I sat cross-legged in a patch of sunshine on my bedroom floor reminding myself aloud, "You can do this. Millions of women have done this before. You've got this. You've totally got this." The tears may have belied my vocal confidence but, odd as it may seem to some, talking to myself really works.
When the spasms continued, I opted to take ½ of the prescribed muscle relaxer. Two point five milligrams of Valium later my spasms subsided, as did my consciousness. I slept for 30 minutes.
An hour later, I made it to my Living Strong/Living Well class. The day before surgery, I had walked in waved my arms over my head and said, "This is what I can do now and what I want to be able to do in three months at the end of the program." On Tuesday I was much, much slower but walking in to the program four days after surgery was the true victory. Up and down a flight of stairs and 10 minutes on the treadmill was about all I could handle and we celebrated a good effort with cheers and a cup of caffeine at a local coffee house.
Bedtime arrived and I was more than aware I had missed a goal – having my JP drains removed. Frustrating to be sure but now considered a mini-defeat in a much bigger victory.
Day 5: Tears & Fears
A left side output of 15 ml and right side output of 18 ml in a 24-hour period meant that JP drains could be removed as soon as I could get an appointment. I called the minute the office opened.
Appointment on the books, I should have been nothing less than thrilled. I was nothing less than thrilled actually. But I found myself in tears again anyway.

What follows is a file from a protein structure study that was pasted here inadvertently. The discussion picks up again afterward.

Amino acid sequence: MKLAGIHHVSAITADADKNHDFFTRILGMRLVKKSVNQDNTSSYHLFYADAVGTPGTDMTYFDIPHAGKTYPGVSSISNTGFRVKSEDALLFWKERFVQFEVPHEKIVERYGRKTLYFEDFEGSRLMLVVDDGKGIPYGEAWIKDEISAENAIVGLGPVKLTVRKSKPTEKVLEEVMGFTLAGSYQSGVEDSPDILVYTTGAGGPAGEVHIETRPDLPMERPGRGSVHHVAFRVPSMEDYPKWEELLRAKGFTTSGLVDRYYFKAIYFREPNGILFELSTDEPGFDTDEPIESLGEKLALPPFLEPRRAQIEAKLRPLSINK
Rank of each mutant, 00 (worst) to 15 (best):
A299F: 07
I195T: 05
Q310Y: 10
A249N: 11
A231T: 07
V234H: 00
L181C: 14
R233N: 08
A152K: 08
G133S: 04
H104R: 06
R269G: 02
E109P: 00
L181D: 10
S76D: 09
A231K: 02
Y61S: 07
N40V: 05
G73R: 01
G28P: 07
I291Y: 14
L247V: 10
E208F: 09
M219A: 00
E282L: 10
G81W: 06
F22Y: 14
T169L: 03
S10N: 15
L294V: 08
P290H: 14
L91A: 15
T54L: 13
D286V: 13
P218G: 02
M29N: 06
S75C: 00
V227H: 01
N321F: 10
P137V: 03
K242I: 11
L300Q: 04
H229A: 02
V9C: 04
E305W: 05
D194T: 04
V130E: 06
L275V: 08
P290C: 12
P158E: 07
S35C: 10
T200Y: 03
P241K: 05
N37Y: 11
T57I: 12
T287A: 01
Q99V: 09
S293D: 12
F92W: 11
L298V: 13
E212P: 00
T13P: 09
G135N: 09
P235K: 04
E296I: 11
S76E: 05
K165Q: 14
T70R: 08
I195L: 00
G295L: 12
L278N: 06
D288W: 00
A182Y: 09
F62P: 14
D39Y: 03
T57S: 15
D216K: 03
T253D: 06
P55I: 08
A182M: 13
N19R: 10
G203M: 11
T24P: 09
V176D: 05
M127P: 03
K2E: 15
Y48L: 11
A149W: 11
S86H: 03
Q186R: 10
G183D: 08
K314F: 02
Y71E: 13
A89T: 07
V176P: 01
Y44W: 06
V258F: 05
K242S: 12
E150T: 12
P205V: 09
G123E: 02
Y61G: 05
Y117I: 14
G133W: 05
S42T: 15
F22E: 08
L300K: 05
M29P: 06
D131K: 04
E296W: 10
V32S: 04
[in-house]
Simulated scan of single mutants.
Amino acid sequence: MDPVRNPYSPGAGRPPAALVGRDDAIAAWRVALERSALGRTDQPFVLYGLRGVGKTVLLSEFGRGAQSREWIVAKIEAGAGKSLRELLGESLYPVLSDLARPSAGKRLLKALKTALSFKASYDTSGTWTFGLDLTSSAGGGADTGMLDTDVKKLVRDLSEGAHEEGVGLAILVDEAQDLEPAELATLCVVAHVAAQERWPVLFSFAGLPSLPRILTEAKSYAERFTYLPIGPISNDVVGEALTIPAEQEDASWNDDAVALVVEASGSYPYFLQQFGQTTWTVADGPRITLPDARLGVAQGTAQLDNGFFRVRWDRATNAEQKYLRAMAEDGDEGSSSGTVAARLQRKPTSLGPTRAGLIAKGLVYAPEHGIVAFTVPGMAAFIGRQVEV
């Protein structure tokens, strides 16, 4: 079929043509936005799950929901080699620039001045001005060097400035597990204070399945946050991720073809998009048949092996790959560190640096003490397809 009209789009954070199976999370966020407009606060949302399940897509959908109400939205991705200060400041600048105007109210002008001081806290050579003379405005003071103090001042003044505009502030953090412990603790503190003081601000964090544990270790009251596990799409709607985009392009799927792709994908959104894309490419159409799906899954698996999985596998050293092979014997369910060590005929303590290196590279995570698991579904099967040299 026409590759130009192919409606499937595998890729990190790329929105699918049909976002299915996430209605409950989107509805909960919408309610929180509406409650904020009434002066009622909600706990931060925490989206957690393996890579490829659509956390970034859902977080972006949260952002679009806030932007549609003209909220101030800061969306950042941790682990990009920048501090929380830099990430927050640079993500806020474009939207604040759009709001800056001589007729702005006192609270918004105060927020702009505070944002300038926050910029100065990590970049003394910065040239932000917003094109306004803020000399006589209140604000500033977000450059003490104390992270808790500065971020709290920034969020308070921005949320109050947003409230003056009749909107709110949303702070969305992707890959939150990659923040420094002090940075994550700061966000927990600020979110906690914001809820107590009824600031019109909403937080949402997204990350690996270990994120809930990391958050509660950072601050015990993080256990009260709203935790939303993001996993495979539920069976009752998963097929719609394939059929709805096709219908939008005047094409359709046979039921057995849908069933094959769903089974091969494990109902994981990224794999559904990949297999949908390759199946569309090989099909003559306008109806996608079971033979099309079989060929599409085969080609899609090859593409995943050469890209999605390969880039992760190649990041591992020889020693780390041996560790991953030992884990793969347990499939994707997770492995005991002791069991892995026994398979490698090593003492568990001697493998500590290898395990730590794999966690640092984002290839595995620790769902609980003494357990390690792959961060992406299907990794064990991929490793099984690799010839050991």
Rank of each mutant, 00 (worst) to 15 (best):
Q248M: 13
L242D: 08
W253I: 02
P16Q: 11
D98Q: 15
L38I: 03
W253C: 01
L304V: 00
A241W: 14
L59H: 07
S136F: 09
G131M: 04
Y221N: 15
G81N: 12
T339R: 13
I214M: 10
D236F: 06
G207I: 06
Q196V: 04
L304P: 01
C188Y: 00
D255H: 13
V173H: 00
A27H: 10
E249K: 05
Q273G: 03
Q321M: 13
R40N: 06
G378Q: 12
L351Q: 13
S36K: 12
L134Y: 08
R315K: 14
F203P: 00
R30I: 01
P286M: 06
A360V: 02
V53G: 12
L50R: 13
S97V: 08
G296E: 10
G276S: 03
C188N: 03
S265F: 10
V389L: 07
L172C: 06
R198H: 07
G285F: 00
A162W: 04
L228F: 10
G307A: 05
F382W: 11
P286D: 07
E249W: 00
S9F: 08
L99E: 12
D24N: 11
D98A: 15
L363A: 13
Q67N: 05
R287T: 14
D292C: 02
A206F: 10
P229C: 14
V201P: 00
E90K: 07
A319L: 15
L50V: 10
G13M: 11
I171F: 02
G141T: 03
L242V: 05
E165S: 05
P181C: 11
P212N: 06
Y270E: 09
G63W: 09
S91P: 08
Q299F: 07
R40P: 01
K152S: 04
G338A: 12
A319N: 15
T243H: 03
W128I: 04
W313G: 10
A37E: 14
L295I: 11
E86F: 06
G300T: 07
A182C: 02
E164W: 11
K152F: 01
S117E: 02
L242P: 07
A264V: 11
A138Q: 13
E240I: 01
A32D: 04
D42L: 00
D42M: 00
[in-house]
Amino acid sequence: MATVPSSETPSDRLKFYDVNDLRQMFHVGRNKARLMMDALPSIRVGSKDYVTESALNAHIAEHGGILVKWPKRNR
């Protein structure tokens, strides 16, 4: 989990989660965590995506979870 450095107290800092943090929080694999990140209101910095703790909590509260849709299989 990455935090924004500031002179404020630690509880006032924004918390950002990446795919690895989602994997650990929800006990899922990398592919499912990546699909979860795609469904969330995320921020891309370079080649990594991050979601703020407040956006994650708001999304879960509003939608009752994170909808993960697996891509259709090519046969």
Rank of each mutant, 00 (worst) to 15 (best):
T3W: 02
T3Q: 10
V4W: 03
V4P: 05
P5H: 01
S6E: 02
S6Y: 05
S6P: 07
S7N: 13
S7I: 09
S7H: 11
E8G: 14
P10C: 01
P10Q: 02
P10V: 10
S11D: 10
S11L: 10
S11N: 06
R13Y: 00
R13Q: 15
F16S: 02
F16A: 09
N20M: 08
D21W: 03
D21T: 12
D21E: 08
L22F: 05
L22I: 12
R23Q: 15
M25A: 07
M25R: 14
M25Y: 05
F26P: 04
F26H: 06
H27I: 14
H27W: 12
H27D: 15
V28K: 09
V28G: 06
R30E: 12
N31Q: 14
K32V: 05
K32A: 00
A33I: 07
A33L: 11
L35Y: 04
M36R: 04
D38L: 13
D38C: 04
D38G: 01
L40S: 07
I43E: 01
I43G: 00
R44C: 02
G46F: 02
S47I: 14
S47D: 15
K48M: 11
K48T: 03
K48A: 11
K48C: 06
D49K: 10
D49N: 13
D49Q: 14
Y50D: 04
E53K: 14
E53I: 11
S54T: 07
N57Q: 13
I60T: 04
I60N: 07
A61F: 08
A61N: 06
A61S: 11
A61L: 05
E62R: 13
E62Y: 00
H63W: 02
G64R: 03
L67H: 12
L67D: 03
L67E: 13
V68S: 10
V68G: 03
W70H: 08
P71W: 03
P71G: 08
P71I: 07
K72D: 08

The tears on the way to the hospital were complicated. I was tired of feeling dependent; tired of feeling like a burden and, ultimately, just plain tired. Sleep has come in fits and spurts usually 45 – 90 minutes at a time. Since my discharge, I would sleep in the bed for an hour, wander the house for an hour, sleep on the couch for an hour, wander, etc.
Honestly the tears are the scariest part to me. While I'm intellectually aware I have a lot going on, I feel as if I should be completely focused on the goodness that is recovery and the goals I have set for myself. Tears made sense when the what-ifs of cancer were in play but this time around I feel the journey should be all about healing, all about replacing what cancer took away.
Yet the tears have also been incredibly cathartic.
I didn't realize how hard I was pushing myself to brandish strength and exude positivity. For months, I have consciously focused on the goodness of reconstructive surgery and forgot that it's not only okay to be scared but a little bit normal in the face of the unknown.
And they haven’t all been about surgery. We lost a friend on January 6th. We didn’t lose her actually – lung cancer killed her. Then lung cancer killed my uncle on January 15th. Many of my tears have been traced back to an overwhelming sense of loss unrelated to surgery but inextricably tied to cancer.
And today? Day 6.
Today I’m good. Drain-free, showered, sleeping much better, 60-minutes of walking and cycling at the gym, completely off prescription pain medication and re-focused on the remaining documented goals:
A 10K walk tomorrow and a half marathon on February 2nd.